The ITC DIA Europe conference, one of the most prestigious gatherings in insurance technology, was held in Barcelona from June 27–29, 2023. This conference brought together thought leaders, innovators, and industry experts to discuss the future of insurance globally but, more specifically, from a European perspective. A few things stood out for me: the challenging state of the insurtech industry; the true problem of the protection gap; the rise of embedded insurance, and the usage of AI, including ChatGPT.
The Current State Of Insurtech: Challenging But Rich In Prospects
Forrester predicted a challenging future for insurtechs in our 2023 insurance predictions. We said that a quarter of insurtechs would exit the market due to wind-downs or acquisitions. The conference confirmed our predictions. McKinsey’s analysis of various funding data predicts that in 2023, global venture capital investments broadly will reach a nadir; at best, they will equal 2018 levels (sources: McKinsey, FT Partners, Dealroom.co, US Federal Reserve, Market Intelligence, PitchBook). As an industry, insurance remains attractive, though. According to McKinsey, non-life gross written premiums (GWP) are about $3 trillion (+19% in five years), with profits exceeding $400 billion (+10% in five years). Direct-to-consumer insurtechs, however, have captured only 10% of non-life GWP over the past 10 years (life insurance has seen even less disruption). This demonstrates that organizations, including insurtechs, still have a significant opportunity to disrupt the industry. Of course, it will be tougher for a new insurtech to enter the market in these challenging times, but this new “barrier to entry” may be a blessing in disguise for some of the more established insurtechs — those that manage to cling on during these volatile times will be able to further build on their core capabilities, with fewer competitors and copycats around.
Insurers Have An Opportunity To Bridge The Insurance Protection Gap
Insurance has long suffered from a protection gap. Recent research by the Global Federation of Insurance Associations revealed annual global protection gaps of approximately US$2.8 trillion for the most significant and growing categories: US$1 trillion for pensions, US$0.9 trillion for computer security, US$0.8 trillion for health, and US$0.1 trillion for natural disasters. This amounts to 3% of global GDP. Inclusive insurance represents a tremendous commercial opportunity. At the ITC DIA conference, participants addressed this crucial issue at length, along with innovative solutions such as parametric, micro, and usage-based insurance. As I have written before, if done well, inclusive insurance solutions can increase revenue, customer acquisition, and retention; spread risk effectively; and enhance the insurer’s reputation.
Embedded Insurance Shows No Signs Of Slowing Down
We also predicted the growth of embedded insurance in our 2023 insurance predictions. Embedded insurance’s ascent is no longer about creating a sales channel for insurers. It is about consumer convenience and a superior experience. For example, embedded insurance may be offered at the back of a mortgage agreement when someone is looking for a house online. For me, this is about (a) holistically addressing a client’s needs, i.e., owning a place to live, and (b) customer convenience, with one purchase encompassing all financial aspects of home ownership. But doing this well requires skillful ecosystem management. Ecosystem development and cooperation have emerged as essential innovation drivers in the insurance industry. At the ITC DIA conference, the discussions centered around the significance of collaboration between insurers, entrepreneurs, technology providers, and other industry stakeholders, but there were debates among participants about who would lead this collaborative journey. The main issue, I believe, is not who leads but how to successfully cooperate and collaborate with each other to create value for the end customer. This success requires insurers to align with their core business strategy, design holistically for multiple ecosystems, share value to build a collaborative community, treat data as the most important source of competitive opportunity, and seek partners for capabilities that do not differentiate them.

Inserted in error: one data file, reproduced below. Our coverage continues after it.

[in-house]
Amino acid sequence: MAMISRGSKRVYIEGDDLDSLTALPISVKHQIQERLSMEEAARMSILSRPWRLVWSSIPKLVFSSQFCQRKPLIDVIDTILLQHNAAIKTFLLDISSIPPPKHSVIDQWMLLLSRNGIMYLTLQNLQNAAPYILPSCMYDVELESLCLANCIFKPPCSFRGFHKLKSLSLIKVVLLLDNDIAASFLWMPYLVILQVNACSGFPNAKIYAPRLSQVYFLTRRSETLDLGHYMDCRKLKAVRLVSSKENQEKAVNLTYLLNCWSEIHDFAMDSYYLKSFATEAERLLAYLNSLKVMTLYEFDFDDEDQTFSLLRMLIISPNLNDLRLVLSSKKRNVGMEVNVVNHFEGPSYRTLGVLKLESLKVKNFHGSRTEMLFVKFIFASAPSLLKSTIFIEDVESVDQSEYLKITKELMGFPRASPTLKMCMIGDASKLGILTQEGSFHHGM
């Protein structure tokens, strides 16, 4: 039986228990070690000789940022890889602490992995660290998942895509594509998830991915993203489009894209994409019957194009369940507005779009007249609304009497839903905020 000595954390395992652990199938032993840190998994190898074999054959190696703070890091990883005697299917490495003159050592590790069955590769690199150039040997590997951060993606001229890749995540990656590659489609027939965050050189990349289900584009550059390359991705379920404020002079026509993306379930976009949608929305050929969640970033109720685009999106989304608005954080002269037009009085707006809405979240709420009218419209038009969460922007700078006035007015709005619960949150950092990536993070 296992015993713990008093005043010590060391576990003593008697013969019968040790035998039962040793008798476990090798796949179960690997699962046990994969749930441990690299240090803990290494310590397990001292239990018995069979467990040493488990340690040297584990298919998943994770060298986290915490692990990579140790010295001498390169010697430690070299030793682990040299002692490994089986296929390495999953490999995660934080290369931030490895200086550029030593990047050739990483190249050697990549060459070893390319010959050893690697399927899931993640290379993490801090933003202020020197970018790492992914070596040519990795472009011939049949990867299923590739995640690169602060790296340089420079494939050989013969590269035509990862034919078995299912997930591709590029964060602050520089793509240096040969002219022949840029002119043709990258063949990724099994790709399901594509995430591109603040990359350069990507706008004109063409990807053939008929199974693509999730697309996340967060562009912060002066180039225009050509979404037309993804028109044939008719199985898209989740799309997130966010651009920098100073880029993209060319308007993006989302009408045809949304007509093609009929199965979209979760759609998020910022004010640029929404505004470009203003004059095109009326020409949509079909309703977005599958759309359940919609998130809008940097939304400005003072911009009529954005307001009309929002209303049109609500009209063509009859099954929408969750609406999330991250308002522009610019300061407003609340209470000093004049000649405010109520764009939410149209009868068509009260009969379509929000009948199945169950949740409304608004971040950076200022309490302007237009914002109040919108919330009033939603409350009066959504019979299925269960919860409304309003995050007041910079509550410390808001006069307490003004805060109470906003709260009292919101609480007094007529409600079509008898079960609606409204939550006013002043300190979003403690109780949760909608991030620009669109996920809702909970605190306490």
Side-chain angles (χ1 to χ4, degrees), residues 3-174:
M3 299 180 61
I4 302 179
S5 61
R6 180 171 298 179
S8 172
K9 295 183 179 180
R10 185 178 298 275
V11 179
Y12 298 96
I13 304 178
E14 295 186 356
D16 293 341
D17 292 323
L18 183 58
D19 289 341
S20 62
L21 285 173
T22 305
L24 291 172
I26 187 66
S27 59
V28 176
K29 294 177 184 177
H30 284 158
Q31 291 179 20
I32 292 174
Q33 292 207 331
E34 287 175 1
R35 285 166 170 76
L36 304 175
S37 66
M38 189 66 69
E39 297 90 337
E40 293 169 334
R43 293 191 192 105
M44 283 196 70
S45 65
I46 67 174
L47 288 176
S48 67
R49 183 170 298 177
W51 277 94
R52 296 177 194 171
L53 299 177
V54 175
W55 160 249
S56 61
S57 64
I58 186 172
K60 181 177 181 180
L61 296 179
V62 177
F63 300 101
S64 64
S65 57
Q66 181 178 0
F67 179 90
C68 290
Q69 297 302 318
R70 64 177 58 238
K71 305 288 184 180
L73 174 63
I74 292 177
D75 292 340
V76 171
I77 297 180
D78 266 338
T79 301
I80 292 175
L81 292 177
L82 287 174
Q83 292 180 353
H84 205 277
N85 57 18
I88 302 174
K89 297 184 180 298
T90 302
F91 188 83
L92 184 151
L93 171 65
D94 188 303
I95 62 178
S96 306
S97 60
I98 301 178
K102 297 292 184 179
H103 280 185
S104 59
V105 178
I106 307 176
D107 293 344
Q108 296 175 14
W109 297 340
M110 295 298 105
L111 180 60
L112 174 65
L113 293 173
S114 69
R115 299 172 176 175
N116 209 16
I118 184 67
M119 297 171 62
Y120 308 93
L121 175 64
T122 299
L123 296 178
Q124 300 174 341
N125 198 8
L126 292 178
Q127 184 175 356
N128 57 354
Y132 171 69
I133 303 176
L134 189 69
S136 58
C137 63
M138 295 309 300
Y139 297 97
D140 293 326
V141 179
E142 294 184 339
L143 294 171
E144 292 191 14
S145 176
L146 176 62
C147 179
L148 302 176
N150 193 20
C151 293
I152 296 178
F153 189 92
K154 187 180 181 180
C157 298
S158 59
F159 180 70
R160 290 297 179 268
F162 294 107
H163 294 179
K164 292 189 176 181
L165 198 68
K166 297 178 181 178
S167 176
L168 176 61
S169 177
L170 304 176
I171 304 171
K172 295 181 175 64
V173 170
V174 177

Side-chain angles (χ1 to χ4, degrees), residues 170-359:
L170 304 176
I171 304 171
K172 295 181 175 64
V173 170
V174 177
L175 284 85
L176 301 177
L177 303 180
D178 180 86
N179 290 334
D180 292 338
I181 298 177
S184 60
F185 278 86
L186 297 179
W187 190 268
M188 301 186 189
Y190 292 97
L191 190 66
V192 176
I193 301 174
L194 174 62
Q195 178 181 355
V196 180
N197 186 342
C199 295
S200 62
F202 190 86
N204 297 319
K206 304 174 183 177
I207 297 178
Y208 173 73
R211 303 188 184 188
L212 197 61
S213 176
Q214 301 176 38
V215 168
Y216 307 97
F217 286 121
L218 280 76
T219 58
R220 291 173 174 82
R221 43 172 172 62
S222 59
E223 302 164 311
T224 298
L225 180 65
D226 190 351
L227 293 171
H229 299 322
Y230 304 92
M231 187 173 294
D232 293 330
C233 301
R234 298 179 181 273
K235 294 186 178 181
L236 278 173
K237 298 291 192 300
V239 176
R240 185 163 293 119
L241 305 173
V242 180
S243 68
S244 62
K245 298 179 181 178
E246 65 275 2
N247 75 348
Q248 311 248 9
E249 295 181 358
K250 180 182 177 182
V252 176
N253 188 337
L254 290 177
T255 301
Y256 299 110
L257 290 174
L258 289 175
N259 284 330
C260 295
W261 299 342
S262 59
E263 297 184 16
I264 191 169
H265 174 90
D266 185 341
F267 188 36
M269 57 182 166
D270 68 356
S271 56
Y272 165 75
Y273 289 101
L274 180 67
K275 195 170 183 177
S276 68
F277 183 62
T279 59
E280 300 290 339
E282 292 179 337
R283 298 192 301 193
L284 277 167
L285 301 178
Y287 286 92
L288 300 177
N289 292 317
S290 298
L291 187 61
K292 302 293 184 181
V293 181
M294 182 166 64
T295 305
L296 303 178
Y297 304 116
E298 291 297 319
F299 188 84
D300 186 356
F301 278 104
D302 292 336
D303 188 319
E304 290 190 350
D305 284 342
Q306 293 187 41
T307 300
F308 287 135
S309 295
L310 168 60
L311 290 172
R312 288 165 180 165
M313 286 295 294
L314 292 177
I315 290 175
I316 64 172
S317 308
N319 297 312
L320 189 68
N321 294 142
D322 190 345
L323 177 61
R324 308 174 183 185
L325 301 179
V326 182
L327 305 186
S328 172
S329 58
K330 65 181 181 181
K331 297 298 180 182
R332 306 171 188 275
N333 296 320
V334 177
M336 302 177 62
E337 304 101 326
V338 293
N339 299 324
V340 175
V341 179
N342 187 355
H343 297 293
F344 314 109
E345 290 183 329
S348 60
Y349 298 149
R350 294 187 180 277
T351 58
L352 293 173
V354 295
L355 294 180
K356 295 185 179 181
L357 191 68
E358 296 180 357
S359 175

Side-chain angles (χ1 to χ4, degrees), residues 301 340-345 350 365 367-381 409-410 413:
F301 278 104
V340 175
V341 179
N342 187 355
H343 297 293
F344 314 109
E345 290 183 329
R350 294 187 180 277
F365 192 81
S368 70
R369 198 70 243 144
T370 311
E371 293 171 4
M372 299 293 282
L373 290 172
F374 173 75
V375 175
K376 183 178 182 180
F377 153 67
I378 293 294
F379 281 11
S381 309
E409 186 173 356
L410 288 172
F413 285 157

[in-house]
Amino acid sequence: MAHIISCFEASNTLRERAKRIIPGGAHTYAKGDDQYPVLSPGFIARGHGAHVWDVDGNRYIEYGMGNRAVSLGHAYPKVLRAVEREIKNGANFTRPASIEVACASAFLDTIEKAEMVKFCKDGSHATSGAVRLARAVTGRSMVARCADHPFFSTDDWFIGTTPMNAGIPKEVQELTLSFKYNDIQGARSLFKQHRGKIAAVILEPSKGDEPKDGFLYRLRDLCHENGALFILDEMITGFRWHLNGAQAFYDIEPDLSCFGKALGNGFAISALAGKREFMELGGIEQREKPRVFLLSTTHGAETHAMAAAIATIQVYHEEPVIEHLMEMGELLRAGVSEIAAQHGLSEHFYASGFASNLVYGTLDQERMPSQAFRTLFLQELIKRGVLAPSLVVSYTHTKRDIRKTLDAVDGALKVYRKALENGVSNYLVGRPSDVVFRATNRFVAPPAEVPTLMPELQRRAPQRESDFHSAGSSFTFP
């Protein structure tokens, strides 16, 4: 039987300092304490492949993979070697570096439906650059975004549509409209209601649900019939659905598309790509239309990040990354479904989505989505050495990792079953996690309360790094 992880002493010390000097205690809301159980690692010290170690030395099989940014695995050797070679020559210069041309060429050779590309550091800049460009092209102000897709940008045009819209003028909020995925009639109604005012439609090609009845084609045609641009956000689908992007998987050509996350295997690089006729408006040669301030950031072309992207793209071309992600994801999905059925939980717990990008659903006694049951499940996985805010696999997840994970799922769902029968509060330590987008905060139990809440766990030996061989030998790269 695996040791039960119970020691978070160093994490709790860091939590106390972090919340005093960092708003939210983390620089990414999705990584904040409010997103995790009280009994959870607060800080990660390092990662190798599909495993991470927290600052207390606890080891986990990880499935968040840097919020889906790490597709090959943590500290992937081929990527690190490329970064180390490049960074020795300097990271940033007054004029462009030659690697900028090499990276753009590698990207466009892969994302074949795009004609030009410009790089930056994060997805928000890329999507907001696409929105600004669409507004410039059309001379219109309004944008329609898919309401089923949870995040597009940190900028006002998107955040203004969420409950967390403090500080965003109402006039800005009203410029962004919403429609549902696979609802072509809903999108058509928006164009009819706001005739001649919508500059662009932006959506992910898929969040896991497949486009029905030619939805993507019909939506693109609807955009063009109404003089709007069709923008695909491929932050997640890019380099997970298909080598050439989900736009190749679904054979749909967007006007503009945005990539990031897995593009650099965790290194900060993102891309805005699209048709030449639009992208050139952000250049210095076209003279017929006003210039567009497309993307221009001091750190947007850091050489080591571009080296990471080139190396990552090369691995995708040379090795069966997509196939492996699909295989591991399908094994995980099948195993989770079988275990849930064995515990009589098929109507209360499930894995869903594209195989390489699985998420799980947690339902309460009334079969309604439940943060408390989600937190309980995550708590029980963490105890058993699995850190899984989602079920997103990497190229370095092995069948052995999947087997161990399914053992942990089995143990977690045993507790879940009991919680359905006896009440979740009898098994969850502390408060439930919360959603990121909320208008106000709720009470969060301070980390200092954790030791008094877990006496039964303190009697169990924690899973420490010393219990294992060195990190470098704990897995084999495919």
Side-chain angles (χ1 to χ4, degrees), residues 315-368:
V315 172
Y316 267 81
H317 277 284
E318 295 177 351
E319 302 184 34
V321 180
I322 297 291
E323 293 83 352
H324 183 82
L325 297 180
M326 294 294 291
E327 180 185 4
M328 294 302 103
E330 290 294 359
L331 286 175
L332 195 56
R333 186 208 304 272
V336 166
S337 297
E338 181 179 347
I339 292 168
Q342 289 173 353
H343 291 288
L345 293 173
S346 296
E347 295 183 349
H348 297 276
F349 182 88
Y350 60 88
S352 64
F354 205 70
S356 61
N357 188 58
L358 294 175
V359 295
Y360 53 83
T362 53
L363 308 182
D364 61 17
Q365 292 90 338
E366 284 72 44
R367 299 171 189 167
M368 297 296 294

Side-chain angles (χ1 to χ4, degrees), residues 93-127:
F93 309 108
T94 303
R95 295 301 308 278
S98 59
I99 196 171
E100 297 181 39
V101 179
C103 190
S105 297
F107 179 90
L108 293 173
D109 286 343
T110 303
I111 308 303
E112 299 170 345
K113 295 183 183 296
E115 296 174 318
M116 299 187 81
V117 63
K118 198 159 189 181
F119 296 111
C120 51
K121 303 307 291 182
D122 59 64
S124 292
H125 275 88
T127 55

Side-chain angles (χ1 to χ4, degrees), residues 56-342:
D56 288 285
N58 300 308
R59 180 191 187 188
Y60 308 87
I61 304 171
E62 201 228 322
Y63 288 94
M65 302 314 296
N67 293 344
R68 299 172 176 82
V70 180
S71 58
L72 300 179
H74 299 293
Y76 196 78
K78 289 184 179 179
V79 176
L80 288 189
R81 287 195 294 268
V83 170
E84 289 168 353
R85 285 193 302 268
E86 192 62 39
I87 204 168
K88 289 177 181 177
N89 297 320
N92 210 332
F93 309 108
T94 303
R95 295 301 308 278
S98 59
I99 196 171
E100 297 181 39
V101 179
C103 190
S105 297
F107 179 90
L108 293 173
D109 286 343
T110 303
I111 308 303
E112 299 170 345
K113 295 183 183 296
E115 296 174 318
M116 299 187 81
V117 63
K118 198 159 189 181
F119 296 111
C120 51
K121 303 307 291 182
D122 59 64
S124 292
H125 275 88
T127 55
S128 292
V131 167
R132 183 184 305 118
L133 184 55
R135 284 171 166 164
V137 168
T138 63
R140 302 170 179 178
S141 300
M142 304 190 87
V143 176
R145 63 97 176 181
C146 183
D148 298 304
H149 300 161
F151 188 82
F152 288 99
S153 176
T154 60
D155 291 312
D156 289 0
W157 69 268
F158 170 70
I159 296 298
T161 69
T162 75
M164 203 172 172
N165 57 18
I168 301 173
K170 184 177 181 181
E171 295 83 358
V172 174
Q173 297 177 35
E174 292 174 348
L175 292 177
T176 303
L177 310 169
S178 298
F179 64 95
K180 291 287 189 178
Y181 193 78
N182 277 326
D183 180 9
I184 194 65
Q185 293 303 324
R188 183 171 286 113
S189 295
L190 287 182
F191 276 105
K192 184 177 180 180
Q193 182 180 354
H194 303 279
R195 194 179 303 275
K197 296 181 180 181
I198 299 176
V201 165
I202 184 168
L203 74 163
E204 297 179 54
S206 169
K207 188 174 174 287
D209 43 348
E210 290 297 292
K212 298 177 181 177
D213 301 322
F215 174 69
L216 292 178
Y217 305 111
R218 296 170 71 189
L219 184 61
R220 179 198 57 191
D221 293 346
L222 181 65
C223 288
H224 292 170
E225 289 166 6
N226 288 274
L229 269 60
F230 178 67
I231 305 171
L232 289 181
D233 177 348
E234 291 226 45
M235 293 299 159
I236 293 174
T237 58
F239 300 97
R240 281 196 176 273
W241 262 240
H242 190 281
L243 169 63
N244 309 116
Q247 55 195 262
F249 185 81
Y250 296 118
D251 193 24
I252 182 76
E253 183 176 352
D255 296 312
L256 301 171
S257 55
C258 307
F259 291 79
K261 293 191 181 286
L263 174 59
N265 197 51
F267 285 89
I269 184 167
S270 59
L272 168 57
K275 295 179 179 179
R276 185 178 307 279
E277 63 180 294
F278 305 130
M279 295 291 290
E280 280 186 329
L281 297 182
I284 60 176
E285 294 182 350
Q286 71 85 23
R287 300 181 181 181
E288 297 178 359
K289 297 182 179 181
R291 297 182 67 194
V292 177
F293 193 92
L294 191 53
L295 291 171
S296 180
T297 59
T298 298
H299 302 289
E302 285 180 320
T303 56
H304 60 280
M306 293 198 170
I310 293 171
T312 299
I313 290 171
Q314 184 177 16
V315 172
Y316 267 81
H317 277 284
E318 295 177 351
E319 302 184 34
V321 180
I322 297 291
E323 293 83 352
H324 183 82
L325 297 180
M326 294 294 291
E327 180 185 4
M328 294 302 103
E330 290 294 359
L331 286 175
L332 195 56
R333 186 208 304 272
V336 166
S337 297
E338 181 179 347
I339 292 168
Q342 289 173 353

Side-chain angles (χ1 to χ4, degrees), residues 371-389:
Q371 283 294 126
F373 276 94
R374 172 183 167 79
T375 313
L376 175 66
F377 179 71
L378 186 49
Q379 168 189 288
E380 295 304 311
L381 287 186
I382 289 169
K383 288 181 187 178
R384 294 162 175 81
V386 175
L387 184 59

ChatGPT Is The Tip Of The AI Iceberg
Most businesses, including insurance firms, place a premium on providing a positive customer experience. But according to The European Auto And Home Insurers Customer Experience Index Rankings, 2022, the sector needs help. Many insurers are hopeful that AI, notably ChatGPT, will deliver the magical elixir that will heal all their customer experience (CX) ills. While generative AI may improve insurance-customer interactions and engagement, it is far from being the cure to insurers’ CX ailments. At the conference, there were discussions on how to apply AI more extensively. Forrester has consistently maintained that AI should be prevalent across the property and casualty and life insurance value chains. AI can help with the four main drivers of better CX in European insurance: the ability to execute transactions promptly; providing a variety of insurance alternatives that match consumer budgets; the efficacy of customer service, and the ability of insurance agents to answer consumer queries completely.
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